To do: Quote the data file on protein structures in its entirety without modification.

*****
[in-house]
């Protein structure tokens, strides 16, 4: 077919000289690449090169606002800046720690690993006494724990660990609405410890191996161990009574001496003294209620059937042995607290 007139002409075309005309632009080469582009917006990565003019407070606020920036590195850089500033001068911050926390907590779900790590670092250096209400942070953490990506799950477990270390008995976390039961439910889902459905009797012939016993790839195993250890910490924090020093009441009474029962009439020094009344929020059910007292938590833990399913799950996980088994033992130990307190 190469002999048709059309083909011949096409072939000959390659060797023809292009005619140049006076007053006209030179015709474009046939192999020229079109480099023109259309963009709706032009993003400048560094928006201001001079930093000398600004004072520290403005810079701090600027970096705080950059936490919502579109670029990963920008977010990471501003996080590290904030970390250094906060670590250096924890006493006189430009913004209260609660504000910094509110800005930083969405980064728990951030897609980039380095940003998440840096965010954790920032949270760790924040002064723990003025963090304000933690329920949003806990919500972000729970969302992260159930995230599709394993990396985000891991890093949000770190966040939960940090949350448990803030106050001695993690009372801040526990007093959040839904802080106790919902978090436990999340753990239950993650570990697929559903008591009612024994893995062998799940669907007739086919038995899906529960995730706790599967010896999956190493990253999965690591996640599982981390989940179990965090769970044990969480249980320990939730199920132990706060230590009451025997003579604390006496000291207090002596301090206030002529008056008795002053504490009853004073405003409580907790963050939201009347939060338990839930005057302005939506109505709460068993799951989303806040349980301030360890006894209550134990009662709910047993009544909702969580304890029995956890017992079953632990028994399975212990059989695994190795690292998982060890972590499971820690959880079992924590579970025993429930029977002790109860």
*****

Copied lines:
[in-house]
């Protein structure tokens, strides 16, 4: 077919000289690449090169606002800046720690690993006494724990660990609405410890191996161990009574001496003294209620059937042995607290 007139002409075309005309632009080469582009917006990565003019407070606020920036590195850089500033001068911050926390907590779900790590670092250096209400942070953490990506799950477990270390008995976390039961439910889902459905009797012939016993790839195993250890910490924090020093009441009474029962009439020094009344929020059910007292938590833990399913799950996980088994033992130990307190 190469002999048709059309083909011949096409072939000959390659060797023809292009005619140049006076007053006209030179015709474009046939192999020229079109480099023109259309963009709706032009993003400048560094928006201001001079930093000398600004004072520290403005810079701090600027970096705080950059936490919502579109670029990963920008977010990471501003996080590290904030970390250094906060670590250096924890006493006189430009913004209260609660504000910094509110800005930083969405980064728990951030897609980039380095940003998440840096965010954790920032949270760790924040002064723990003025963090304000933690329920949003806990919500972000729970969302992260159930995230599709394993990396985000891991890093949000770190966040939960940090949350448990803030106050001695993690009372801040526990007093959040839904802080106790919902978090436990999340753990239950993650570990697929559903008591009612024994893995062998799940669907007739086919038995899906529960995730706790599967010896999956190493990253999965690591996640599982981390989940179990965090769970044990969480249980320990939730199920132990706060230590009451025997003579604390006496000291207090002596301090206030002529008056008795002053504490009853004073405003409580907790963050939201009347939060338990839930005057302005939506109505709460068993799951989303806040349980301030360890006894209550134990009662709910047993009544909702969580304890029995956890017992079953632990028994399975212990059989695994190795690292998982060890972590499971820690959880079992924590579970025993429930029977002790109860």